If you have subsidized loans, it’s possible to save some, then use the money you have saved to make a lump-sum payment on the loans when your grace period ends. Both of these options can help set you off on the right foot when it comes to student loan repayment. By factoring your student loan payments into your budget upfront, you get used to not using that money for casual spending on things like dinner out or drinks with friends.
It’s also a good time to review your repayment plan on your student loans. If you have federal student loans there are a variety of repayment plans to choose from, including the standard 10-year repayment plan and four income-driven plans. If you have a combination of private student loans and federal student loans, you could consider refinancing them with a private lender, like SoFi, in the hopes of securing a lower interest rate.
With a lower interest rate you could potentially reduce the money you spend on interest over the life of the loan. This could be a great option if you are on a standard repayment plan and are interested in securing a lower interest rate.
If you’re taking advantage of federal programs like deferment, forbearance, income-driven repayment, or Public Service Loan Forgiveness, refinancing your student loans may not be for you, as you will no longer qualify for those programs.
To see how much refinancing could impact your loan, take a look at SoFi’s student loan refinance calculator. When you refinance with SoFi there are no prepayment penalties or origination fees.
Start an IRA
Even if you’re already contributing to a 401(k), setting up an IRA could be beneficial. There are two kinds of IRAs, traditional and Roth. When you contribute to a traditional IRA, the contributions are deducted from your taxes, meaning you’ll pay taxes on distributions when you retire.
When you contribute to a Roth IRA, your contributions are taxed upfront but can be withdrawn in retirement tax-free—and that includes any capital gains you’ve earned.
You can contribute up to $6,000 to either type of IRA annually. If you are over the age of 50, you can contribute an additional $1,000 as catch-up contributions.
An added benefit to opening a Roth IRA: You could use it to fund part of a down payment on the future purchase of a home. As long as the Roth IRA has been open for five years, you’re allowed to withdraw $10,000 from your Roth IRA to buy your first home without any taxes or penalties. This could be a good start for saving for retirement or for your first house.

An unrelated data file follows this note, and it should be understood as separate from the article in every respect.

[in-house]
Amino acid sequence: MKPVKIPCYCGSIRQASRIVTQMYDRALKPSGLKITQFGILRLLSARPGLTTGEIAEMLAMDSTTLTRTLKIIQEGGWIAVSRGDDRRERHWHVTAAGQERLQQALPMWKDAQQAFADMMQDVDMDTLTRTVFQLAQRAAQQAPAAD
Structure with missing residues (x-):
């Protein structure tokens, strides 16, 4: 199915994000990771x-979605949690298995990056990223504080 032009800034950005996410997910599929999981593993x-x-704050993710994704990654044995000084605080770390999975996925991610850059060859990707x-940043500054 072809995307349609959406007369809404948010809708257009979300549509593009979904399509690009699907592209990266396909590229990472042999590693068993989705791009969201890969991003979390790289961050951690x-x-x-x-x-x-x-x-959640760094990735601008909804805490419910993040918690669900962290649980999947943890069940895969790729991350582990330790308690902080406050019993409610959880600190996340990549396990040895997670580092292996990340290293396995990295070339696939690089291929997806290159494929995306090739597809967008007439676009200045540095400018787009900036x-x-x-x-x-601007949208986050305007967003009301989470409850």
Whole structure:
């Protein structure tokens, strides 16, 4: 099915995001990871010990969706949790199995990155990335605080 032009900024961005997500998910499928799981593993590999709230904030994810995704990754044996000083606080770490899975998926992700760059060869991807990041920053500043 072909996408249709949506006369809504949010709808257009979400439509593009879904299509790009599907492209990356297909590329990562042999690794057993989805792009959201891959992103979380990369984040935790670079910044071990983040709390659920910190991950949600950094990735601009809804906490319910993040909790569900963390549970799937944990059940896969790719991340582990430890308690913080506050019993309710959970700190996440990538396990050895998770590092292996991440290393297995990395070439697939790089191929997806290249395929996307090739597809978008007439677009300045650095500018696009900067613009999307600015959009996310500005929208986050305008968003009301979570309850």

Still Have Money Left? Treat Yourself
If after paying your monthly expenses and contributing to your various savings goals you still have money leftover, you can use it to splurge on something you’ll really enjoy like trying out a new restaurant, buying tickets to a concert or a sports game, or having a night out on the town.
Or, you could use the additional money to save up toward another short-term goal—maybe an international adventure, a TV, or a new bed frame. Or if you’re feeling frugal, use the extra money to make an additional payment on your student loans.
Paying more than the monthly minimum is one of the fastest ways to accelerate your student loan repayment. At the end of the day, you’re working to earn money to live your best life, so make sure you are enjoying it and saving for your long-term financial goals at the same time.
The information and analysis provided through hyperlinks to third party websites, while believed to be accurate, cannot be guaranteed by SoFi. Links are provided for informational purposes and should not be viewed as an endorsement.
Notice: SoFi refinance loans are private loans and do not have the same repayment options that the federal loan program offers such as Income Based Repayment or Income Contingent Repayment or PAYE. SoFi always recommends that you consult a qualified financial advisor to discuss what is best for your unique situation.
SoFi Checking and Savings®
SoFi Checking and Savings is offered through SoFi Securities LLC, member FINRA / SIPC . Neither SoFi nor its affiliates are a bank.